I spent a few evenings this week redesigning this site. I usually update the HTML and CSS locally and tweak things as I go, but this time I started with a mockup in Sketch and didn’t touch the code until I had something that really looked good. This workflow worked out great.
Hmm… 🤔 pic.twitter.com/bOTBnXUFkJ— preetam (@PreetamJinka) June 14, 2019
Here’s what changed:
Now I just have to write more 🙂.
I joined ShiftLeft a year ago, and since it’s my first time in the security space I had to familiarize myself with the following terminology. I use this as a reference. Hopefully it’s useful for you too!
I implemented a small Lisp interpreter over the weekend. You can find it here: https://github.com/Preetam/mini-lisp. It’s about 400 lines of Go code so far.
I started writing an interpreter a couple of months ago using the mal - Make a Lisp guide. After step 4 my implementation felt really messy, and I felt I was just doing what the guide told me without learning too much about how things actually worked. Later I found Peter Norvig’s (How to Write a (Lisp) Interpreter (in Python)) which is a much simpler version, and that was the inspiration to start over.
Here’s what you can do with it. Let’s start with a simple factorial function:
Terrace is my new storage format for events and time series that I think can change the way we think about cloud-native time series storage. I introduced it in an earlier post and mentioned how it will use automatic indexing to optimize data layout. This post is about how the experiment is going so far, and what the next steps are.
So far, things are looking good! Early last month I only had an idea and zero code. Now I have a basic generator, file format, and some success with simulated data. Read on to see how it works.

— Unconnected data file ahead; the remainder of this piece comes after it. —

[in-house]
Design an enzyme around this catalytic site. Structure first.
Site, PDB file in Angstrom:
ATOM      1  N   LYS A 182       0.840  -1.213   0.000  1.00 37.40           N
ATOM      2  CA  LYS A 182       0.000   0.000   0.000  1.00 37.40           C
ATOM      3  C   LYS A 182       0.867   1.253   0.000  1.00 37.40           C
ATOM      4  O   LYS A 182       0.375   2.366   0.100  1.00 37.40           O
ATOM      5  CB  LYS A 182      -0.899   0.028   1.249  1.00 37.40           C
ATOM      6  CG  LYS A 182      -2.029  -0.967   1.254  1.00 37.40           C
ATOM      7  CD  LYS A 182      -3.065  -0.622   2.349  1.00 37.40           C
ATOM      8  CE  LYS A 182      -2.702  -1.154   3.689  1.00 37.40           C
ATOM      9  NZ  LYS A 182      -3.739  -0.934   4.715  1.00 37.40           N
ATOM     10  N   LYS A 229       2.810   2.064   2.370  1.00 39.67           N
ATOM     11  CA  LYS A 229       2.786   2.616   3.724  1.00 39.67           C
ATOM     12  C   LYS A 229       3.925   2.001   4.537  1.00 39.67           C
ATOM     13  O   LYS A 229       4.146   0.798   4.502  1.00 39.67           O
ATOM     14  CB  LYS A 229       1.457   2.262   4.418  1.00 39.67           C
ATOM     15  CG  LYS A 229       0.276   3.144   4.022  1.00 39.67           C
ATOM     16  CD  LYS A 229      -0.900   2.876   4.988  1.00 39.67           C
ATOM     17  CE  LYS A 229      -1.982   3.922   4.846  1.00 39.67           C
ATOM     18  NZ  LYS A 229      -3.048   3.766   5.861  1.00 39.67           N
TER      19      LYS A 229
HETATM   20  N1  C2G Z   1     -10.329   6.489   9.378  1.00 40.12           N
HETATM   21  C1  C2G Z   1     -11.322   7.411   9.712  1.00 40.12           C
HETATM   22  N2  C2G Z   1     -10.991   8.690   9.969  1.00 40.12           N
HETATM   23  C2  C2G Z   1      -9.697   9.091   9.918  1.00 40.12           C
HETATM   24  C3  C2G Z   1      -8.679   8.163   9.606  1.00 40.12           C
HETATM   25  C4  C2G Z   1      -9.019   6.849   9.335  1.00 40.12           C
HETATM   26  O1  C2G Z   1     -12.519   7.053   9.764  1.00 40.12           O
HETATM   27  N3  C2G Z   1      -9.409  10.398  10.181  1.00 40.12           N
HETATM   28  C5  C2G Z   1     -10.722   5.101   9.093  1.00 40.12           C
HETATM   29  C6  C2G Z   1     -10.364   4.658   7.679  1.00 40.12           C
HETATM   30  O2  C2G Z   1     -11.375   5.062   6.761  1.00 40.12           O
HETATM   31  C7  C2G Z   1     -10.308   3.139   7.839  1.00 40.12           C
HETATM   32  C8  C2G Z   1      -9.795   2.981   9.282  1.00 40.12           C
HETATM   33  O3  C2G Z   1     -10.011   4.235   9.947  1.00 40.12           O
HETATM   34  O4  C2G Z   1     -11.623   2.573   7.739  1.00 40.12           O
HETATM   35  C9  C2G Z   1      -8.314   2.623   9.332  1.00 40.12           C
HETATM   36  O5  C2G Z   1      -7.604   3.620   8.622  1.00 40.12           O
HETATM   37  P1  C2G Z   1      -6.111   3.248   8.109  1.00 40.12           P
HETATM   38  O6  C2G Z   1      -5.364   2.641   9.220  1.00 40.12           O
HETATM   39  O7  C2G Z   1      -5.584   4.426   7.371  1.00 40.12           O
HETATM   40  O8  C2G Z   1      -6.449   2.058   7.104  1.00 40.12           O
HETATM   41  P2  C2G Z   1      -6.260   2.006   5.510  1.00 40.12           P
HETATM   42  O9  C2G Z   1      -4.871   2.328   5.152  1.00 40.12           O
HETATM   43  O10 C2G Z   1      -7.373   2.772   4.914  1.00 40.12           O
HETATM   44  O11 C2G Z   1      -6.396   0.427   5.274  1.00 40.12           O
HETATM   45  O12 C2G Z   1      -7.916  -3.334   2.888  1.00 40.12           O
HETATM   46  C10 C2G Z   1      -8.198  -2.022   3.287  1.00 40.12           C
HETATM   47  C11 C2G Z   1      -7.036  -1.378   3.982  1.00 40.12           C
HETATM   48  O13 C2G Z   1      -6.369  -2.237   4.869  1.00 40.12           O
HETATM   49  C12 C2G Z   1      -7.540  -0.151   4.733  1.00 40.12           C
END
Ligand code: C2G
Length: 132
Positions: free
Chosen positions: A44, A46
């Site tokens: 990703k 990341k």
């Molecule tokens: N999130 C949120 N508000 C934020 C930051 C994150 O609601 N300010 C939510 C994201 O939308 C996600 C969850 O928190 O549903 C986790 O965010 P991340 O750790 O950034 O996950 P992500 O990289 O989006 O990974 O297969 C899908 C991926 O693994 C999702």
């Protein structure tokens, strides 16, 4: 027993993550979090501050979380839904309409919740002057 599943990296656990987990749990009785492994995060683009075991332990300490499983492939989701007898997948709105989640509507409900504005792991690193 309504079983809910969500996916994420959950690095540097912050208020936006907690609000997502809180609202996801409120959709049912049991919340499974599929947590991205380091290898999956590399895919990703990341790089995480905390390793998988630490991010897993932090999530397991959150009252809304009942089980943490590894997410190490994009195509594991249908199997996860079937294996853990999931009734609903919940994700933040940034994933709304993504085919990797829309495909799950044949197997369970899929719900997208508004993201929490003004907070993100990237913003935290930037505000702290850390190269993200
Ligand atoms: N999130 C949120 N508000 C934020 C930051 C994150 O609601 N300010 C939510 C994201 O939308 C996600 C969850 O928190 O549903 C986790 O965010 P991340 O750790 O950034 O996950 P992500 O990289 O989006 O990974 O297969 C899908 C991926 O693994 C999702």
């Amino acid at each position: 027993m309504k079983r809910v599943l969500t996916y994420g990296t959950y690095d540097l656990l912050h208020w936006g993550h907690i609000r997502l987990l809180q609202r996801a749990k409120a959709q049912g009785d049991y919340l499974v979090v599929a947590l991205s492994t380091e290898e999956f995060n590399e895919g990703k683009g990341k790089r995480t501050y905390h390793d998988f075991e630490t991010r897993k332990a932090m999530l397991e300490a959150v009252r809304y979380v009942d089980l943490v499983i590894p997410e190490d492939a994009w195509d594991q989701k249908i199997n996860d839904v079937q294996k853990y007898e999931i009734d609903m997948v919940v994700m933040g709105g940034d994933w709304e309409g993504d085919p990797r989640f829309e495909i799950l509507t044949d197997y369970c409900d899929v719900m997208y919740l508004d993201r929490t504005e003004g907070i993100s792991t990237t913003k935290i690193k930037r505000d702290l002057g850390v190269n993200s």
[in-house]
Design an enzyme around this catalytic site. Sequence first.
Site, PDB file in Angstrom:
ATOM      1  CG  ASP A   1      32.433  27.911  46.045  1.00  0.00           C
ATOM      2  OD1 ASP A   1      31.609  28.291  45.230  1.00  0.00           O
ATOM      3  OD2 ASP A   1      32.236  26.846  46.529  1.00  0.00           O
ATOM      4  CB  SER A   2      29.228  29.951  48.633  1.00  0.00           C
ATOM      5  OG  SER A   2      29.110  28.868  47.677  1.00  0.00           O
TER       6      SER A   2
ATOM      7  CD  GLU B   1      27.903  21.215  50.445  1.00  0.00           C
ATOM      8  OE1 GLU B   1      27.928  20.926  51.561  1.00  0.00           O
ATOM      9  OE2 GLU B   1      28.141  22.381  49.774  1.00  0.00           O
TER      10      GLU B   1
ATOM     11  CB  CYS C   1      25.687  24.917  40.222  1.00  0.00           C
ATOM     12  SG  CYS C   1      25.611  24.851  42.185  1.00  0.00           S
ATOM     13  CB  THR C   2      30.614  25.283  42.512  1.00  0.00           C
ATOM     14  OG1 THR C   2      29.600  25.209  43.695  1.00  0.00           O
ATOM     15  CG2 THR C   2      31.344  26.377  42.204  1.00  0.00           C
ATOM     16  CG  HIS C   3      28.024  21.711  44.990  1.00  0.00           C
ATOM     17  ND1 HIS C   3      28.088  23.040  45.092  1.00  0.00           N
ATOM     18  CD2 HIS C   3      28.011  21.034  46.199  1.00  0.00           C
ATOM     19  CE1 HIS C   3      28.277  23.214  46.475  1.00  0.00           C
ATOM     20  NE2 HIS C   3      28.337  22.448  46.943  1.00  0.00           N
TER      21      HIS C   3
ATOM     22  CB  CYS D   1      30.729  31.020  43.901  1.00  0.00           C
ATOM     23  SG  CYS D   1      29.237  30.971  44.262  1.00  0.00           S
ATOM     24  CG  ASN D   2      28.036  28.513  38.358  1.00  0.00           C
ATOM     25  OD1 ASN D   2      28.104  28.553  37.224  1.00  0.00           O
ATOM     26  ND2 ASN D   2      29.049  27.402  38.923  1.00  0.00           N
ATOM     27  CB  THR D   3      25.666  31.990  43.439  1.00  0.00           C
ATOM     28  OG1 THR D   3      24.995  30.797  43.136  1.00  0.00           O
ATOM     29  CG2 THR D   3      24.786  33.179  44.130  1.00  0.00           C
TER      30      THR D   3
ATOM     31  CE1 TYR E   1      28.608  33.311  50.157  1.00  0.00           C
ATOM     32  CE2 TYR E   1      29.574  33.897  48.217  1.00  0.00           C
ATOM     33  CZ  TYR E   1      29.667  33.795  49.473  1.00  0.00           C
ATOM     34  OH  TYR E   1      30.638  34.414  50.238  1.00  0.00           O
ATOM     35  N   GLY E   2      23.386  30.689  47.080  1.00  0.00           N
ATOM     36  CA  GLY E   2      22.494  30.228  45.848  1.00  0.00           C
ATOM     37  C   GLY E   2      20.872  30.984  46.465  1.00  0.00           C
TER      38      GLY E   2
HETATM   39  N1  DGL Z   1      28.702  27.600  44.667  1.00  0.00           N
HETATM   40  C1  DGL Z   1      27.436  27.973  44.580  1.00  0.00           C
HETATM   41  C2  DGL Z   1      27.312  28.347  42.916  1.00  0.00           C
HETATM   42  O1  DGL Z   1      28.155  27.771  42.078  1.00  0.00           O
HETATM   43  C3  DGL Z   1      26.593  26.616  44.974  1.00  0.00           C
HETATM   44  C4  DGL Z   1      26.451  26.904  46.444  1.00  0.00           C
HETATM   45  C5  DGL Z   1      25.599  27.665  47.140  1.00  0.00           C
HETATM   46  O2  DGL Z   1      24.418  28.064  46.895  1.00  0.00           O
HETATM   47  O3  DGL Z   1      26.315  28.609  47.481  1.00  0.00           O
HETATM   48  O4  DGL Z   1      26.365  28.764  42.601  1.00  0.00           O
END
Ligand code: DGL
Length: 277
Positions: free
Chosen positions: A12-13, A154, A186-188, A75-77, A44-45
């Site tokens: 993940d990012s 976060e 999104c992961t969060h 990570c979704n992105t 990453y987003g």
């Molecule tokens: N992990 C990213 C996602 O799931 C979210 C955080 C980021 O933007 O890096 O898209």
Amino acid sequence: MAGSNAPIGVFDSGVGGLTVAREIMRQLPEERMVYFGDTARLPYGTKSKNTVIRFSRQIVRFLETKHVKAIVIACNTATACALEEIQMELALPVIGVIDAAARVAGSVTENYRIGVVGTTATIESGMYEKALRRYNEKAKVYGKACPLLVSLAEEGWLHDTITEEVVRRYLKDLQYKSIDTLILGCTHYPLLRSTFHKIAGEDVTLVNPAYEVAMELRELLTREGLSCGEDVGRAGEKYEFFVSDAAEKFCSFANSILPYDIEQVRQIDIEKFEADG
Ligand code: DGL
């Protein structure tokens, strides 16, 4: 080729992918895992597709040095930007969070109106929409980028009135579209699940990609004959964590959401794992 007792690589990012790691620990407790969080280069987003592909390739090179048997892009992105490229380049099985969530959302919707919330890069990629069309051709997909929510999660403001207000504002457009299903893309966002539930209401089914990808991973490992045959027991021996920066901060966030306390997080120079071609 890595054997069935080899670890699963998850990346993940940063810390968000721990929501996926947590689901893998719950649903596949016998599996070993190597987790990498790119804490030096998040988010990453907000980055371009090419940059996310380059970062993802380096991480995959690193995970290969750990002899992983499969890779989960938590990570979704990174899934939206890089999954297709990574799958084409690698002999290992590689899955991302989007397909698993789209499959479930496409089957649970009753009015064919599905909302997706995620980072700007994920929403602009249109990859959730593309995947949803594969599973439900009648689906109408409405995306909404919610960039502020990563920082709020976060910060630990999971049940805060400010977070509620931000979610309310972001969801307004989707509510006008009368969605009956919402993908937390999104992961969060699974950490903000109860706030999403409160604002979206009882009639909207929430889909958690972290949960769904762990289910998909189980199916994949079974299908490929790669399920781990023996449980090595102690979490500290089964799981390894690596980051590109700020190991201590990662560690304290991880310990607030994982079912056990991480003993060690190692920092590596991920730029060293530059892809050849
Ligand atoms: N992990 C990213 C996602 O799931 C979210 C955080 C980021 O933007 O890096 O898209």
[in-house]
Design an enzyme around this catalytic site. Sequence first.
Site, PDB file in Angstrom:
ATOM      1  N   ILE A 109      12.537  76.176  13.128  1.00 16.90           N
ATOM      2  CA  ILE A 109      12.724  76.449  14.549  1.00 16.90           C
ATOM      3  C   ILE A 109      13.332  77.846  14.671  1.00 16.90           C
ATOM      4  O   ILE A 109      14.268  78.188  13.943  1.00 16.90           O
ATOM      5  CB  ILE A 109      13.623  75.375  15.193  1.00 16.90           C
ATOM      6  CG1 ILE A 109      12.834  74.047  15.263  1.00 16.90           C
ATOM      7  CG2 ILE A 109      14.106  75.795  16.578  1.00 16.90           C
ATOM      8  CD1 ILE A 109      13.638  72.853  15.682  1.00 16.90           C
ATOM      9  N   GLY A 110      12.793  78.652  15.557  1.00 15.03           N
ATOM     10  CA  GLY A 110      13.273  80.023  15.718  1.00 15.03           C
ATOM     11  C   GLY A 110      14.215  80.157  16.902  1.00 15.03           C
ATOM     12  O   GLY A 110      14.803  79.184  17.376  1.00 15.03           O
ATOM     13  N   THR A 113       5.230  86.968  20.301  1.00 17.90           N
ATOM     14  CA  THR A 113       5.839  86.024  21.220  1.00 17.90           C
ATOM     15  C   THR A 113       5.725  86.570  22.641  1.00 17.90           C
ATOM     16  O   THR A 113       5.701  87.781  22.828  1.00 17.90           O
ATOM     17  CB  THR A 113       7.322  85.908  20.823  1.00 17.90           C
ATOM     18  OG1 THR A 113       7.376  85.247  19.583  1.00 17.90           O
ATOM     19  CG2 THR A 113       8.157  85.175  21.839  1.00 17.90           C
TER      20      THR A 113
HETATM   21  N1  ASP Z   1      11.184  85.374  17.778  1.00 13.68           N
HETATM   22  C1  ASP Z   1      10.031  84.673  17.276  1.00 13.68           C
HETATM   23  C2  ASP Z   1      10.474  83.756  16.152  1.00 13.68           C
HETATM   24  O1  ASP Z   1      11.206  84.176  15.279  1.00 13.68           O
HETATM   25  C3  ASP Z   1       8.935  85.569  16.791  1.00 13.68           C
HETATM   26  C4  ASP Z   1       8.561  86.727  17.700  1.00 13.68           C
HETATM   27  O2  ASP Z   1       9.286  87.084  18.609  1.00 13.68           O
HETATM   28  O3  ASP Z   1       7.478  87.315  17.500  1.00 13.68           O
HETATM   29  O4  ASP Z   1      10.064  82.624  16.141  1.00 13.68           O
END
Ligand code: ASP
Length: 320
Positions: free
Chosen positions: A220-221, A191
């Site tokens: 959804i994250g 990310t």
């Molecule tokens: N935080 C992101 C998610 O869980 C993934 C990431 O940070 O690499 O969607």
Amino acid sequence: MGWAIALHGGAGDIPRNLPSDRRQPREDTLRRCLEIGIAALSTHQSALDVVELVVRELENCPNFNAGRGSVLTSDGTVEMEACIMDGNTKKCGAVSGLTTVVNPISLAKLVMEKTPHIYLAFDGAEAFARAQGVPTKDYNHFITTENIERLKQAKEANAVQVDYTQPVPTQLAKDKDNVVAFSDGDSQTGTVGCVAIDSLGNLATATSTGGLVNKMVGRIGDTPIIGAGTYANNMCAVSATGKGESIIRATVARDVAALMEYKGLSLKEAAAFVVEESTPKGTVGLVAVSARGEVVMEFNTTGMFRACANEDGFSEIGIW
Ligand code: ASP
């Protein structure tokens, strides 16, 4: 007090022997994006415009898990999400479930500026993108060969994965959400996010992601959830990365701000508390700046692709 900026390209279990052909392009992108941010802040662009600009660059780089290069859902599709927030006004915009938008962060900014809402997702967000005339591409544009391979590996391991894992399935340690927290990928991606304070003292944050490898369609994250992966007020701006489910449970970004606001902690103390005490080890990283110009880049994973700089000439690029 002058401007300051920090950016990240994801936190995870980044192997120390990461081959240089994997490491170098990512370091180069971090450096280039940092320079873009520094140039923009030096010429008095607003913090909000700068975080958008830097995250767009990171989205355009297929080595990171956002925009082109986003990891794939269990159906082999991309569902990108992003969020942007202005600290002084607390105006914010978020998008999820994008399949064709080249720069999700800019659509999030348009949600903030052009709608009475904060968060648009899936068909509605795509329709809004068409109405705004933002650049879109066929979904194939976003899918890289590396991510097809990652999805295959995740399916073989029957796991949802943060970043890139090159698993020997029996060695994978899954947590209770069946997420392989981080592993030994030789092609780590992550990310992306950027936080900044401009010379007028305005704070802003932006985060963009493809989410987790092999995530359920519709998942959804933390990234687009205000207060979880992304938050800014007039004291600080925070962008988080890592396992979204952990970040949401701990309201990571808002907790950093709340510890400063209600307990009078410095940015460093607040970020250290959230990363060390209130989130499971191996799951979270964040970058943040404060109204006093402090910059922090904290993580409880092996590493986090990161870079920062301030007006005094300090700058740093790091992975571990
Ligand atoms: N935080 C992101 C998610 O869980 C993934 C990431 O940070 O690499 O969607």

Often times in my work I come across queries like this,
SELECT SUM(count) FROM data WHERE foo = 'bar' AND time >= '2018-08-13 00:00:00+00' AND time < '2018-09-13 00:00:00+00'
which is getting a total count for a month with a filter, and they
take a long time to run because there’s a significant number
of rows in the
data table but only a few have
foo = 'bar'.
We want these queries to execute faster, which is the same as reducing their latency. Remember that latency comes from doing work or waiting. This post is about modifying the work aspect because analytics queries don’t really have problems with waiting (at least in my experience, but there are exceptions).
I’m working on time series storage again!
My last “serious” time series storage project was Catena that I blogged about here. I wrote Catena to store time series data for a monitoring project I had, and the only use case I had was plotting charts. Since then my requirements have changed. My time series have to be more than arrays of points with simple string names. They have to be computed from events with lots of attributes that I can filter, group, aggregate, and rank.